Myth “A widely held but false belief or idea.”
In the Oracle eco-system a number of myths and misconceptions have grown up around purchasing from Oracle. We share 10 myths we have heard from talking to customers regularly. Perhaps you also know a few more you would like to share.
The standard metric of processor and named users are common but don’t always reflect the key metrics that a customer may use to represent growth. Most customers are happy in principal with the idea that they pay more for software as they grow. Some of the applications allow Revenue metrics for example to pay for their licences. But what about paying for your licences based on number of hotel rooms, aircraft, customer transactions, widgets manufactured … well it is possible. The key thing for oracle is the ability to measure the metric at any point or agreed point in time. If the metric can be measured in a way that Oracle is happy with and believes they are still getting good business.
Oh yes, that old chestnut! How many times have we heard that the amazing deal on the table will only last until the end of the quarter? This is a myth, however, the discount and approval for it will be time bound. The Oracle Rep will have gone through a lot of effort to get your amazing discount – don’t underestimate the admin involved – they are not kidding when they say this. Officially the deal is gone if you do not sign by the time specified. However in reality one of two things happen, firstly most approved discounts are given an extension to still hold for those that ‘slipped’ in the previous Quarter – usually a one month extension or the Rep will have to re-seek approval. This could take another 4 weeks or be as quick as days, all depends on the size of the deal and how good or bad Oracle’s quarter was before.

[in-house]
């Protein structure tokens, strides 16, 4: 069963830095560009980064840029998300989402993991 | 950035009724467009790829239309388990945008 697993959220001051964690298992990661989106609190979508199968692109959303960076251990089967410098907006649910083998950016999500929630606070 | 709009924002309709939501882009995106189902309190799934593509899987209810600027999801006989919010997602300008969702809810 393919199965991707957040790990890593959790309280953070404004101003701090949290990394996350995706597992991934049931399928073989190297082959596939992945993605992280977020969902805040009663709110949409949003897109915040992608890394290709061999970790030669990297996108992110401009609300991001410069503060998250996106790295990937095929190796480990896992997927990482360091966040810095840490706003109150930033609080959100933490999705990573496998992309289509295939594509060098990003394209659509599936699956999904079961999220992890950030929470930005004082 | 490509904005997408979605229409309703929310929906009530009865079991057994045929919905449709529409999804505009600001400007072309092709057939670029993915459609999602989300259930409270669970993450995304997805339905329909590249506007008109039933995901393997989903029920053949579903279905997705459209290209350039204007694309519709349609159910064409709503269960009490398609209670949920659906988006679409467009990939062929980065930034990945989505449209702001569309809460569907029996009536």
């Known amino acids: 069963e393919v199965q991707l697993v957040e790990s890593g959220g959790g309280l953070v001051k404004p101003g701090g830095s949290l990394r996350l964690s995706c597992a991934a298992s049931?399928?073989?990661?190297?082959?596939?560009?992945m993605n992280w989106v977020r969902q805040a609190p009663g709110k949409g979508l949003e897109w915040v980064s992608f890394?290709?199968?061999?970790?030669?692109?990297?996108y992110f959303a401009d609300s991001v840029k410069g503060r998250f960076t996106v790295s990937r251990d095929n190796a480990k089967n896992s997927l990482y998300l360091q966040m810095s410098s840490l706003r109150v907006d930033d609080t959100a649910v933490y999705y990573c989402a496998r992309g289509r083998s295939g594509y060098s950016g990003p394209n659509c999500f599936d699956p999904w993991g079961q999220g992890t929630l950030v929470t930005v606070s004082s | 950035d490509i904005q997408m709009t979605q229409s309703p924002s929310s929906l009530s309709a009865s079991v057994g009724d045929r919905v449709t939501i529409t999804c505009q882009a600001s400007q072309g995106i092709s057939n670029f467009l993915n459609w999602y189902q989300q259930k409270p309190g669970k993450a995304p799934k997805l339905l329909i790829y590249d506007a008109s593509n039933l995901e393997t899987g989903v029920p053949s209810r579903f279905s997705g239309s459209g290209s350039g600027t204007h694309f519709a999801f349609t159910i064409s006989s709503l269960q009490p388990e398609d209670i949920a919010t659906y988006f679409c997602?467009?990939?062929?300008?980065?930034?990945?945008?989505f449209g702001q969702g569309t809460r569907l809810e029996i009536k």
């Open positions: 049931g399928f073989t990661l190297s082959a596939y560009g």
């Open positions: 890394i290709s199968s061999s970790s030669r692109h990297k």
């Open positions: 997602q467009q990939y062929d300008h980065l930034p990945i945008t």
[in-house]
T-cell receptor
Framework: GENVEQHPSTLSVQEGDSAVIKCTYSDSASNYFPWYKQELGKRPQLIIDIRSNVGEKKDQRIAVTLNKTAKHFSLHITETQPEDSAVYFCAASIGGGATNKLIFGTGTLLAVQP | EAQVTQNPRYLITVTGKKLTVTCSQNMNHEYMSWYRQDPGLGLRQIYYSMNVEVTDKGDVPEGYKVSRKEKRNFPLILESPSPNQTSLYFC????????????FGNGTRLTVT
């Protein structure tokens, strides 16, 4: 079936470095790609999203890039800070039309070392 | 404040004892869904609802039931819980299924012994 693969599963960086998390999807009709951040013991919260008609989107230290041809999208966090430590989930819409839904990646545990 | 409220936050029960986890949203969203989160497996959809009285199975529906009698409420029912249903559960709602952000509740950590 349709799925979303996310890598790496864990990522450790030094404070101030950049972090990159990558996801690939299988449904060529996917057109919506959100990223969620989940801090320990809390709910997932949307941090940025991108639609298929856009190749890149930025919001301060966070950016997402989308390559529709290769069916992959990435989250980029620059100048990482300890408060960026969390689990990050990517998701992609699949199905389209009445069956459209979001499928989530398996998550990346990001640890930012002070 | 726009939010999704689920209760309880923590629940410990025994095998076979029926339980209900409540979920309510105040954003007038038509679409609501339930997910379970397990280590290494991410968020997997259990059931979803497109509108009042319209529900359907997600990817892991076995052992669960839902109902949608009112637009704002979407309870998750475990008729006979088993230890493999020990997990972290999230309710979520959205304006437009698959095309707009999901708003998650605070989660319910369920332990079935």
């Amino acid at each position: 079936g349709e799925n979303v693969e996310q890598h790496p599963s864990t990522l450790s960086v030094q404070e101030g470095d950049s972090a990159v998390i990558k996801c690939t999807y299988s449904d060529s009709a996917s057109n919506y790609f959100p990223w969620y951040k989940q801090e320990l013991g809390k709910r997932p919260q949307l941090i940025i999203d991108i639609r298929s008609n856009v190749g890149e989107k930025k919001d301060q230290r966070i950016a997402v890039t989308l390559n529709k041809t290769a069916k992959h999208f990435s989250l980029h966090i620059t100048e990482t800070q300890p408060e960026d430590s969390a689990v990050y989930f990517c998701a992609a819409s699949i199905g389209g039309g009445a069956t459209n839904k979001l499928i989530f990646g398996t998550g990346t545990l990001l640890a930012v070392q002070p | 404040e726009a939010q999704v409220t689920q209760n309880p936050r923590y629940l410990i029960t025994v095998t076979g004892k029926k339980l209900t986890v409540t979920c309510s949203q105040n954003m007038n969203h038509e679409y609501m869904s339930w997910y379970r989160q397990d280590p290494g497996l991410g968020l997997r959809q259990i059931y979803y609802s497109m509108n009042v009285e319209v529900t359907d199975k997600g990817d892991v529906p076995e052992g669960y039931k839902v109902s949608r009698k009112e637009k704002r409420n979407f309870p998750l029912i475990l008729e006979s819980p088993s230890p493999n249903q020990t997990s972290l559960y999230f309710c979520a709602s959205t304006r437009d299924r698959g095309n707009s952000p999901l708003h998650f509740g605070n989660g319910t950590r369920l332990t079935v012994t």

For clarity let’s assume that end of quarter is the last day of the month for any quarter. Unless you are buying at the half year point – (November or end of year May) waiting to the end of a quarter does not mean you will get a better deal. Approvals within Oracle are prioritised by deal value. The larger ones will possibly be getting new approvals for contract modifications as customers enter final negotiations. Adding a brand new approval at this late stage in any given quarter risks getting delayed unless it is in the multi-million dollar range. A number of things need to happen in order for you the customer to buy. Firstly, the approvals need to be pushed through and once they are approved, paper work also needs to be created. Any non standard terms will need extra time to approve and possibly legal sign off. This can take weeks, so waiting to purchase at the end of the month risks the whole deal getting through. Give plenty of warning to Oracle and tease them with your purchase. Once approvals and paperwork are created as early as possible then you can start to negotiate for any special terms or discount. This is generally easier for the Oracle Rep to push through.
You will not pay more by purchasing through an Oracle partner. The problem sometimes is that partners and Oracle sometimes issue quotes which have not been through a formal approval process. So a partner may quote standard e-business discounts (not uncommon) and then seek formal approval via Oracle. The Oracle Rep may issue a quote and it appears to be better as they may believe or have approval already for the level of discount required. The partner quote therefore looks worse. Oracle have to provide the same price whether direct or indirect through a partner. An Oracle Rep will generally try and go direct for the simple reason that the margin (typically 5%+) that is paid to the partner hits the Rep directly as it is funded by the deal individually. Usually if Oracle are aware of the partner engagement and value add this does not present a problem. Oracle can get somewhat upset when they believed the purchase was going direct and then a partner requests to transact it. The partner may well have been advising the customer or providing value added services such as running a pilot and the customer therefore is happy to purchase via the partner. If approvals were requested for a direct deal they have to be re-approved but as an indirect deal, adding time and reducing the recognisable transaction to Oracle as they will fund the margin to the partner. Nevertheless, you should not be paying more via partner.
Yes, you can decrease your support from 22% to say 20% as it is a point of approval for the Oracle Sales team. However, as you would expect you need to spend more to get this extra benefit. Typically $5m US plus for software will need to be purchased. If your purchase is substantial it can sometimes be worth doing the maths and looking at whether buying more to get a longer term discounted support rate. You probably need to spend circa. $10m to get 18% on Software Support and Maintenance.